Today, I am in Maine with three of my best friends in the whole world. We decided to travel together this summer for a short getaway where we could find peace with each other through deep conversation, time in nature, and lots of laughter. Two days ago, we met in Boston and drove up to Acadia National Park. In the car on the drive up, we spent time reconnecting, catching each other up on all of the things since the last time we talked, and excitedly making plans for our next three days.
As we are all passionate about the connection between our spiritual, professional, and personal lives (and because the drive was 4 hours long!), we made time to listen to and talk about Cory Booker's interview with Krista Tippett on On Being as we made our way up north. In the interview, Booker talks about the difference between tolerance and love. He says that while tolerance sounds good on the surface, when you dig deeper it essentially means that there is still something that we find distasteful about each other that we are putting up with. Booker urges us all to move from tolerance to embracing a daring love for each other. Without love, we won't be able to find the humanity in each other nor the common ground to lead to lasting change. It reminds me of what bell hooks describes in Love As The Practice Of Freedom, although I think hooks takes the need for love even further. hooks says, "Without an ethic of love shaping the direction of our political vision and our radical aspirations, we are often seduced, in one way or there other, into continued allegiance to systems of domination--imperialism, sexism, racism, classism." If we truly love each other, then there is no way that we can or will use domination and oppression of people to inform our policies, laws, and practices; liberation for BIPOC will not be achieved without it.
What would happen to the public parks in this country if we applied a politics of love, that didn't utilize systems of domination? What kind of relationship and healing could we create with the people from whom this land was originally stolen, and how could we all have a different relationship with the land itself? These are questions that will continue to stay with me, long after we leave this place. These are questions in which I'm determined to spend my life exploring for answers.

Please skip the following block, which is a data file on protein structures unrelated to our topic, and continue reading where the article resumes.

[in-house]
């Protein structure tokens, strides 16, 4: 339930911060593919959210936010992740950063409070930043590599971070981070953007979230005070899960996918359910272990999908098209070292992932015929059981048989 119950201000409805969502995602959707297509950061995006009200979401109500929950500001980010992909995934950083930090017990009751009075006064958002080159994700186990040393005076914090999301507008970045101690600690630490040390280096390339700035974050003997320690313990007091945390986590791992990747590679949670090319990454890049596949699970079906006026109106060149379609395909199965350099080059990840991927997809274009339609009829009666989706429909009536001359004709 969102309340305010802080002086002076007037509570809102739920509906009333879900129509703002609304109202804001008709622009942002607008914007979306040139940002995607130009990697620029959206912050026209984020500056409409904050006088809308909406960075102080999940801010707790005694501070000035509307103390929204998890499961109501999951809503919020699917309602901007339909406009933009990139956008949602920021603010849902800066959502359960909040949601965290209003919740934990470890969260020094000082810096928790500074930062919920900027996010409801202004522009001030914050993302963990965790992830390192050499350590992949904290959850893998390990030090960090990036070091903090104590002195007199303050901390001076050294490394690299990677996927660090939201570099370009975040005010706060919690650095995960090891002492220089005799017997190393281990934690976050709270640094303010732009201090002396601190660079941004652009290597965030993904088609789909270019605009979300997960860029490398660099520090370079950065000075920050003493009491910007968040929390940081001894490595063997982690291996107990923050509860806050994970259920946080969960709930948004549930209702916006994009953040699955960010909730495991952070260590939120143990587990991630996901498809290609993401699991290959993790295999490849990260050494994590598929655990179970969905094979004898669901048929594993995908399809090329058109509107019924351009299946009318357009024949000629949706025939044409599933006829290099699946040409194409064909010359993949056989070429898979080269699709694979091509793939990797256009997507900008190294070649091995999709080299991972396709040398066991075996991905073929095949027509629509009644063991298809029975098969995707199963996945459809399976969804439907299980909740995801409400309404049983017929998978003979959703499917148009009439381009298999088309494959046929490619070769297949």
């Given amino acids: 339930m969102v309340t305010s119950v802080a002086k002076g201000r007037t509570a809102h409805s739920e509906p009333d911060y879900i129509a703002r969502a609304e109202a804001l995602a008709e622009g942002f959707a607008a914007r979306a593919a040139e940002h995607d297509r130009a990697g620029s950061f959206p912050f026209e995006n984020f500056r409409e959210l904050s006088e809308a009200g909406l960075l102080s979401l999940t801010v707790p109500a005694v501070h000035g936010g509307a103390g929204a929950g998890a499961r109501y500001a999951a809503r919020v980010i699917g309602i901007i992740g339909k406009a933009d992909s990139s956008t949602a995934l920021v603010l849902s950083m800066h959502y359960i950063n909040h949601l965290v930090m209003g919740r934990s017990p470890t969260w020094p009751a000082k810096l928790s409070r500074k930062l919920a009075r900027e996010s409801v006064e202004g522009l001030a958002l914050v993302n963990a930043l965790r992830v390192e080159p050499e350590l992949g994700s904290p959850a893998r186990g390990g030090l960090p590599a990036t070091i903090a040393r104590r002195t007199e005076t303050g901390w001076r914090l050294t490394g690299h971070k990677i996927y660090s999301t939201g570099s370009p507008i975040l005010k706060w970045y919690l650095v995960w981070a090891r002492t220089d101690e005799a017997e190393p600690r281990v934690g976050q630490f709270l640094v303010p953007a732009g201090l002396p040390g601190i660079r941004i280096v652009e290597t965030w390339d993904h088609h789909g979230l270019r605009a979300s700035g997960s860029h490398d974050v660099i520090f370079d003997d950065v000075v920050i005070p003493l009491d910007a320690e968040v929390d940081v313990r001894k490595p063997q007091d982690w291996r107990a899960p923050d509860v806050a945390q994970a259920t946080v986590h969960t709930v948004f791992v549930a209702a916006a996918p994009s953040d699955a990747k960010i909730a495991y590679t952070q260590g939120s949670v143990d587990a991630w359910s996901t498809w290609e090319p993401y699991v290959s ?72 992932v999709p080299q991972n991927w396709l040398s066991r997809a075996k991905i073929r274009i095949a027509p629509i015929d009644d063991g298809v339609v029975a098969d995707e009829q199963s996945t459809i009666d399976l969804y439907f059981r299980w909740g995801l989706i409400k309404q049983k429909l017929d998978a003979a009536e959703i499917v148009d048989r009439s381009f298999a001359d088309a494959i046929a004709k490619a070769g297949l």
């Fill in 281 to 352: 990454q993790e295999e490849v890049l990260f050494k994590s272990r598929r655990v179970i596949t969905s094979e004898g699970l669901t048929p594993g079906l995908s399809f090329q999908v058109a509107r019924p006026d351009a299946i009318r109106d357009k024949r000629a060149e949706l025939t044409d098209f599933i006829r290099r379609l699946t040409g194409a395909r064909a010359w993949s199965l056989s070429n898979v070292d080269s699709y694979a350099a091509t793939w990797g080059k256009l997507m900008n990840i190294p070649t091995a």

This morning, we decided to watch the sunrise on Cadillac Mountain. We spent most of last night singing around a fire, gazing up at the stars, basically howling at the moon. We got very few hours of sleep before we woke up at 3:30 am in order to make it to the top of the mountain in time to greet the sun. Cadillac Mountain is the first place in the United States to see the sun each morning. Bleary eyed but determined, we made the trek.
To our slight surprise but also great joy, there were already lots of people on the mountain when we arrived. We thought, "People who are willing to wake up at this time to watch the sunrise from the top of a mountain are our kind of people." We found a spot on some rocks on the hill, listened to the murmurs of the other conversations around us, and watched the horizon in anticipation of what was to come.
As we waited, one of my dear friends turned to us and asked, "What intention should we set on the sun today?" Setting intentions are a powerful way to live life with purpose. As Deepak Chopra writes, "An intention is a directed impulse of consciousness that contains the seed form of that which you aim to create." As if there were any other intention we could set that morning, we agreed on an intention of fierce love for each other, humanity, and the world. As we watched the sunrise, we pictured that intention following the sun as it shines down on the living beings on this planet.
Tomorrow, we'll leave this beautiful place and take this intention with us. We'll go back to our homes, our jobs, our responsibilities. We'll leave with a new sense of commitment to practice fierce love in ways big and small. We'll remind each other of this moment and ask ourselves, "How did you love today?"